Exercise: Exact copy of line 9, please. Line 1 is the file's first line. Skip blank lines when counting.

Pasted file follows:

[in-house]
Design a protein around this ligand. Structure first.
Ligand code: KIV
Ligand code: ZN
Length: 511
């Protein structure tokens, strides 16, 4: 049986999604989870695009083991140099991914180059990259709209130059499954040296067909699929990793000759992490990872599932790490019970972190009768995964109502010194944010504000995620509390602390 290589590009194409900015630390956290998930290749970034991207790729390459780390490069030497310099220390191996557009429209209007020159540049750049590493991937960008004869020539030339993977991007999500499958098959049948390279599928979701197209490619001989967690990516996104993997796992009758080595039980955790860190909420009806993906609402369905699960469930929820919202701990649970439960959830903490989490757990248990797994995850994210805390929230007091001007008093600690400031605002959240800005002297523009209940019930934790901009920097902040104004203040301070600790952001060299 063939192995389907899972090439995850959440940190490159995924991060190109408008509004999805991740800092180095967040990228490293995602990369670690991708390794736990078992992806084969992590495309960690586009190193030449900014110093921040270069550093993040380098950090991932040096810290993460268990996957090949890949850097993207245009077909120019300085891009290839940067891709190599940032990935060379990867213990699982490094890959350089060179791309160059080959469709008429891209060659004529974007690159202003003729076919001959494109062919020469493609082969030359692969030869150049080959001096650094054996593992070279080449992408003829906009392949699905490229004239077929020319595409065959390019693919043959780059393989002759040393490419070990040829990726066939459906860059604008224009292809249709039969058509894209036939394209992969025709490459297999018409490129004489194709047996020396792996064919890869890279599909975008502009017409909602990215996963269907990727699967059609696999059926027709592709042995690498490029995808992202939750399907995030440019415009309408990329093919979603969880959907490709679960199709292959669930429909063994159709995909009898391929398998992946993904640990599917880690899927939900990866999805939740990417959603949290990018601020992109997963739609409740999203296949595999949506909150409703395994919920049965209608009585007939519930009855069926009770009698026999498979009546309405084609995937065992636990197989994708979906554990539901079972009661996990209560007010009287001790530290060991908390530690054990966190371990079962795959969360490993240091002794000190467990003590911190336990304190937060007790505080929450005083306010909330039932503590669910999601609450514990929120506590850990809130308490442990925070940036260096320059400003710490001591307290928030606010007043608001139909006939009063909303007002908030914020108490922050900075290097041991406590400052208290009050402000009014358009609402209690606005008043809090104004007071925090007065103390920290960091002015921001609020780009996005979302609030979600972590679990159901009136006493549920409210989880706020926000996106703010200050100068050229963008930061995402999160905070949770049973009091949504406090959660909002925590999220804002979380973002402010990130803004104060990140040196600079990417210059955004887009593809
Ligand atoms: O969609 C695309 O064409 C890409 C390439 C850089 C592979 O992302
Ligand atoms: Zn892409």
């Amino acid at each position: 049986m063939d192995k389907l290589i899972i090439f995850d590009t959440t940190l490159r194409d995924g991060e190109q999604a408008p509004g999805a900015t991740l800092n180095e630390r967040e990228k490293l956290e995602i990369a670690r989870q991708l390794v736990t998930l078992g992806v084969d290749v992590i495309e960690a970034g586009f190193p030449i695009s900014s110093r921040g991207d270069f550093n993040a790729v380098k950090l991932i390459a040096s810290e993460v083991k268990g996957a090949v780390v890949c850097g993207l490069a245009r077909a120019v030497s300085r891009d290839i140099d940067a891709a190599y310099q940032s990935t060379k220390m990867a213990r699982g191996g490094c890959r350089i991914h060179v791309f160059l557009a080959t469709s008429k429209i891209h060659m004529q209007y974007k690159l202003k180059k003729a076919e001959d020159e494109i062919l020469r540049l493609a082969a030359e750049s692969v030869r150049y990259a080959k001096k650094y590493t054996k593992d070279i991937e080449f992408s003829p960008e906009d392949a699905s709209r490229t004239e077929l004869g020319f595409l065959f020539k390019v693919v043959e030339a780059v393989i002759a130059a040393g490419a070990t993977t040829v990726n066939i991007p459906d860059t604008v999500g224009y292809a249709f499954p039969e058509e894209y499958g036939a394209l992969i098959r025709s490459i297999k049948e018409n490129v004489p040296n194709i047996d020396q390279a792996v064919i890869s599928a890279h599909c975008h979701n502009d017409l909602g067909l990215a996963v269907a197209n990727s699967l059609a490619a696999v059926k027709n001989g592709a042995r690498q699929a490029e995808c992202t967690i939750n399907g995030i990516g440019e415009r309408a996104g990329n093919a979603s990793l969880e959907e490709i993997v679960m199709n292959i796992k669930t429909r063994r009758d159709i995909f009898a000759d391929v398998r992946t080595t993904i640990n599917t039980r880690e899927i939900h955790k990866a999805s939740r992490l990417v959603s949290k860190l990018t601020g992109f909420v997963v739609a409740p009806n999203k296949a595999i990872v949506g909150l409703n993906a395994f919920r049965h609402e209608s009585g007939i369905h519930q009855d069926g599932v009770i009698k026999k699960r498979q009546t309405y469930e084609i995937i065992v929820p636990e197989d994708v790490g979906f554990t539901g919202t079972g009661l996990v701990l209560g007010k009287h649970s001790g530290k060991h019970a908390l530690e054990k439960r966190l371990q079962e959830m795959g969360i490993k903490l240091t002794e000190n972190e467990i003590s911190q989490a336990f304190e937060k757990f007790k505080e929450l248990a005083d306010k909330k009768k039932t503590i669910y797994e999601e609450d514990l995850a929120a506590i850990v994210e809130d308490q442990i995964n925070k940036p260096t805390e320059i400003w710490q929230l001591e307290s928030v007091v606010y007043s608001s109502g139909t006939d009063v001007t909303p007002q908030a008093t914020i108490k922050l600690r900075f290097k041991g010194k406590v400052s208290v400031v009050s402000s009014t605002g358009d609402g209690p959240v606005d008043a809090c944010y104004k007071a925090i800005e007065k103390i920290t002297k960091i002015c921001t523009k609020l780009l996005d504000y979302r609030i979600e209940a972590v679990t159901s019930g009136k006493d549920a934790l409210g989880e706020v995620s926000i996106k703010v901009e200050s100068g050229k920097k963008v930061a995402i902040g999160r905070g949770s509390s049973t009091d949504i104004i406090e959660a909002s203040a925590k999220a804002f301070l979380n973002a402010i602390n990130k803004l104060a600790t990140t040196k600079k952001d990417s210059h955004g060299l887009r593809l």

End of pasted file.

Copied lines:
């Amino acid at each position: 049986m063939d192995k389907l290589i899972i090439f995850d590009t959440t940190l490159r194409d995924g991060e190109q999604a408008p509004g999805a900015t991740l800092n180095e630390r967040e990228k490293l956290e995602i990369a670690r989870q991708l390794v736990t998930l078992g992806v084969d290749v992590i495309e960690a970034g586009f190193p030449i695009s900014s110093r921040g991207d270069f550093n993040a790729v380098k950090l991932i390459a040096s810290e993460v083991k268990g996957a090949v780390v890949c850097g993207l490069a245009r077909a120019v030497s300085r891009d290839i140099d940067a891709a190599y310099q940032s990935t060379k220390m990867a213990r699982g191996g490094c890959r350089i991914h060179v791309f160059l557009a080959t469709s008429k429209i891209h060659m004529q209007y974007k690159l202003k180059k003729a076919e001959d020159e494109i062919l020469r540049l493609a082969a030359e750049s692969v030869r150049y990259a080959k001096k650094y590493t054996k593992d070279i991937e080449f992408s003829p960008e906009d392949a699905s709209r490229t004239e077929l004869g020319f595409l065959f020539k390019v693919v043959e030339a780059v393989i002759a130059a040393g490419a070990t993977t040829v990726n066939i991007p459906d860059t604008v999500g224009y292809a249709f499954p039969e058509e894209y499958g036939a394209l992969i098959r025709s490459i297999k049948e018409n490129v004489p040296n194709i047996d020396q390279a792996v064919i890869s599928a890279h599909c975008h979701n502009d017409l909602g067909l990215a996963v269907a197209n990727s699967l059609a490619a696999v059926k027709n001989g592709a042995r690498q699929a490029e995808c992202t967690i939750n399907g995030i990516g440019e415009r309408a996104g990329n093919a979603s990793l969880e959907e490709i993997v679960m199709n292959i796992k669930t429909r063994r009758d159709i995909f009898a000759d391929v398998r992946t080595t993904i640990n599917t039980r880690e899927i939900h955790k990866a999805s939740r992490l990417v959603s949290k860190l990018t601020g992109f909420v997963v739609a409740p009806n999203k296949a595999i990872v949506g909150l409703n993906a395994f919920r049965h609402e209608s009585g007939i369905h519930q009855d069926g599932v009770i009698k026999k699960r498979q009546t309405y469930e084609i995937i065992v929820p636990e197989d994708v790490g979906f554990t539901g919202t079972g009661l996990v701990l209560g007010k009287h649970s001790g530290k060991h019970a908390l530690e054990k439960r966190l371990q079962e959830m795959g969360i490993k903490l240091t002794e000190n972190e467990i003590s911190q989490a336990f304190e937060k757990f007790k505080e929450l248990a005083d306010k909330k009768k039932t503590i669910y797994e999601e609450d514990l995850a929120a506590i850990v994210e809130d308490q442990i995964n925070k940036p260096t805390e320059i400003w710490q929230l001591e307290s928030v007091v606010y007043s608001s109502g139909t006939d009063v001007t909303p007002q908030a008093t914020i108490k922050l600690r900075f290097k041991g010194k406590v400052s208290v400031v009050s402000s009014t605002g358009d609402g209690p959240v606005d008043a809090c944010y104004k007071a925090i800005e007065k103390i920290t002297k960091i002015c921001t523009k609020l780009l996005d504000y979302r609030i979600e209940a972590v679990t159901s019930g009136k006493d549920a934790l409210g989880e706020v995620s926000i996106k703010v901009e200050s100068g050229k920097k963008v930061a995402i902040g999160r905070g949770s509390s049973t009091d949504i104004i406090e959660a909002s203040a925590k999220a804002f301070l979380n973002a402010i602390n990130k803004l104060a600790t990140t040196k600079k952001d990417s210059h955004g060299l887009r593809l």